Forming a New Business in Texas

Building a Solid Foundation for Your New Texas Business

Just a Few Legal Aspects of Launching a New Texas Business

Starting a new business for many Texans is the fulfillment of the "American Dream"; at the same time being a business owner comes with added responsibility. With any major life choice there are decisions that must be made before you are ready to forge ahead. The process of forming your new business comes with new challenges and opportunities. Anyone starting a new business in Texas should consult an experienced attorney before filing any paperwork or making any major decisions.

An attorney with experience working with new businesses owners and existing business owners will help you make sure the structure of your new business takes advantage of the protections Texas law offers.

Choosing the correct business formation, developing a formal business plan and finding the insurance coverage required to mitigate financial risks are all decisions thrust upon new business owners. While an attorney can help with these decisions it helps if a new business owner has a great understanding of these issues prior to meeting with an attorney for the first time.

Choosing Your Business Formation

There are five main types of non-professional business entities recognized under Texas Law.  A non-professional business refers to any type of business that is not filed as a Professional Corporation, P.C., these types of entities are normally reserved for the corporate formation of licensed professionals such as attorneys, architects, engineers, public accountants and physicians. If you a seeking to form any other type of business in Texas one of the five main types of non-professional businesses will most likely meet your needs:

  • Sole Proprietorship
  • General Partnership
  • Corporation
  • Limited Liability Company (LLC)
  • Limited Partnership (LP)

Each type of entity offers advantages and disadvantages to the business owner(s). As an example a sole proprietorship is the simplest type of business to setup and allow the owner absolute control over the business. However, the owner also accepts personal responsibilities for any liabilities of their business.

General Partnerships are similar to sole proprietorship in regards to the liability of the company, but the liability is shared between 2 or more of the listed partners based on the agreement made prior to the business formation.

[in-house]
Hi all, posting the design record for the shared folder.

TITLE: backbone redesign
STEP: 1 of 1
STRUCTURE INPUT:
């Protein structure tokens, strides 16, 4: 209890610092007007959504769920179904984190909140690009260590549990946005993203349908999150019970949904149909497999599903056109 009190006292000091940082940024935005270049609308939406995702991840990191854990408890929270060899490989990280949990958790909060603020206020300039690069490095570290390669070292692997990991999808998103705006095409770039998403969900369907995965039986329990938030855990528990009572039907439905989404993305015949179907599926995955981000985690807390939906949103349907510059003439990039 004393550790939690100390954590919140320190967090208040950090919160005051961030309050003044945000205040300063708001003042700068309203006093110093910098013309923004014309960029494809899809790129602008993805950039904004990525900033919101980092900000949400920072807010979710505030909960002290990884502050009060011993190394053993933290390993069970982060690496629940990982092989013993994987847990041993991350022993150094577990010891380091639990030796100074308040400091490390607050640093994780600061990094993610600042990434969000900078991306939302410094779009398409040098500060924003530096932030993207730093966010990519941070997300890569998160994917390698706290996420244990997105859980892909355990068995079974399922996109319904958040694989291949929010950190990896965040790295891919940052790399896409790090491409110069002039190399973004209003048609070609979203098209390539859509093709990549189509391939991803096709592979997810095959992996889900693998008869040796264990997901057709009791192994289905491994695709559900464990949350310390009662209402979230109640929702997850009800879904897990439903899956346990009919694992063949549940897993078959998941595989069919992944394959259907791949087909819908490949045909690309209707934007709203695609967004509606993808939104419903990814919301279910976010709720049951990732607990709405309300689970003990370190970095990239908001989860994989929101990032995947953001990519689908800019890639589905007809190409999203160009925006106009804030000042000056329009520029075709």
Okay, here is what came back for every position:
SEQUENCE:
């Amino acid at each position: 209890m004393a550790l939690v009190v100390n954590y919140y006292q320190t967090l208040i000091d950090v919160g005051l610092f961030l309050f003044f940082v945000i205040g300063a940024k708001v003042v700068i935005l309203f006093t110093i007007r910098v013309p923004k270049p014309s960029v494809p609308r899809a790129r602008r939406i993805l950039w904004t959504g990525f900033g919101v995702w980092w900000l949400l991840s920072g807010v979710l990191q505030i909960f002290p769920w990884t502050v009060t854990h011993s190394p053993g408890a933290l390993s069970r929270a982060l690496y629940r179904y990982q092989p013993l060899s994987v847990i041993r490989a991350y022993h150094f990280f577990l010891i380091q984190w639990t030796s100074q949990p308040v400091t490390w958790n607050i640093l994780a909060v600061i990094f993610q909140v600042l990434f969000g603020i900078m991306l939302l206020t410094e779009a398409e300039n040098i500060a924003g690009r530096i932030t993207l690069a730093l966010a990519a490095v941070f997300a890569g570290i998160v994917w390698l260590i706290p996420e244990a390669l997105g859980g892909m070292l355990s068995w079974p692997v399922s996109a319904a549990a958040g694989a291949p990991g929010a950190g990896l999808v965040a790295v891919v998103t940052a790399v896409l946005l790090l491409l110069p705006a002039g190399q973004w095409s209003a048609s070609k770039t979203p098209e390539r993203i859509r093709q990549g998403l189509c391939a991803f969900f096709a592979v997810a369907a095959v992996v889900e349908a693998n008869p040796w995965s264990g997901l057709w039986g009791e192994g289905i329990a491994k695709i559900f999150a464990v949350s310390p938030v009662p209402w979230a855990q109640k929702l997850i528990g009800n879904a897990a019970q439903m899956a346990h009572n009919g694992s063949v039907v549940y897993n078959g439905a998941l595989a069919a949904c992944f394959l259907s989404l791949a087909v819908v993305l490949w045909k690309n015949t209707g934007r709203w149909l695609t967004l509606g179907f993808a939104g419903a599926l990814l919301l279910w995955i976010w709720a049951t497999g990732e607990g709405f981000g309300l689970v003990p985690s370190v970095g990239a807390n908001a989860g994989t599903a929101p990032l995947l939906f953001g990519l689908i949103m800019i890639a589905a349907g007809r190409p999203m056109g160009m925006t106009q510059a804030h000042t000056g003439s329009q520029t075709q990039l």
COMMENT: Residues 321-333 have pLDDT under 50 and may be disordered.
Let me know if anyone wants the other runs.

Corporations can be a bit more complicated, as they exist as a separate entity apart from the owners. Individuals do not own corporations, they are owned by shareholders. The majority of newly Texas corporations are privately owned by a group of individual shareholders or existing business entities. In the case of corporate formation the liability falls to the corporation itself, and not to the individual shareholders.

Limited Liability Companies (LLC) offer a unique hybrid between a partnership and a corporation. Individuals that will share in the profits of the business but are protected from any personal liabilities typically own an LLC. Limited Partnerships are similar to an LLC in that they are typically owned by a combination of general partner and limited partners. Limited partners can share in the profits of the business, while functioning more like shareholders.

The consultation of an attorney with experience dealing with new business formations is a simple step to get your business off on the right foot. In most cases new business owners are more focused on the service, product or idea that is driving them to launch a new business and not the liability aspect of their new business and how this will be handled in the event of unforeseen circumstances.

Texas Business Policies

One area many new businesses overlook in the creation of their new business is business policies. When creating a business plan the brunt of the effort goes to developing marketing strategies, financial models and management of operations. All of these are key elements to insure a successful launch of a new business in Texas. Business owners also need to carefully review Texas laws or any other state they operate to ensure their policies are in compliance with not only state law but also OSHA standards. Creating firm policies that outline the duties of the partners, shareholders, and members will go a long way in protecting the business.

Businesses that are planning on hiring employees, should plan on generating an employee handbook that clearly outlines policies related to social media, smoking, dress codes, earned paid vacation and expected behavior. A simple employee handbook can go a long way in protecting an employer and help set the standards for employment.

Protecting Trade Secrets

Texas has strict guidelines pertaining to trade secrets and protecting businesses and business owners. Texas Legislature enacted a new law that went into effect on September 1, 2013, the Texas Uniform Trade Secrets Act (TUTSA), to address the growing problem facing businesses when former employees steal formulas, customer lists, content related to training of employees or anything deemed trade secrets.

Protecting your business is preparing for the worst-case scenario and addressing the situation before it happens. By doing so as business owner or shareholder you are taking the simple steps required to protect yourself and employees against any unforeseen events. The simple consolation of a Texas Business Planning Attorney can wind up being the best first investment in your new company.

To arrange for a consultation, please complete our short consultation form and a member of our offices will contact your personally or call (972) 731-6500. Hanshaw Kennedy, LLP law offices are located at 1415 Legacy Drive, Suite 350 Frisco, Texas 75034.

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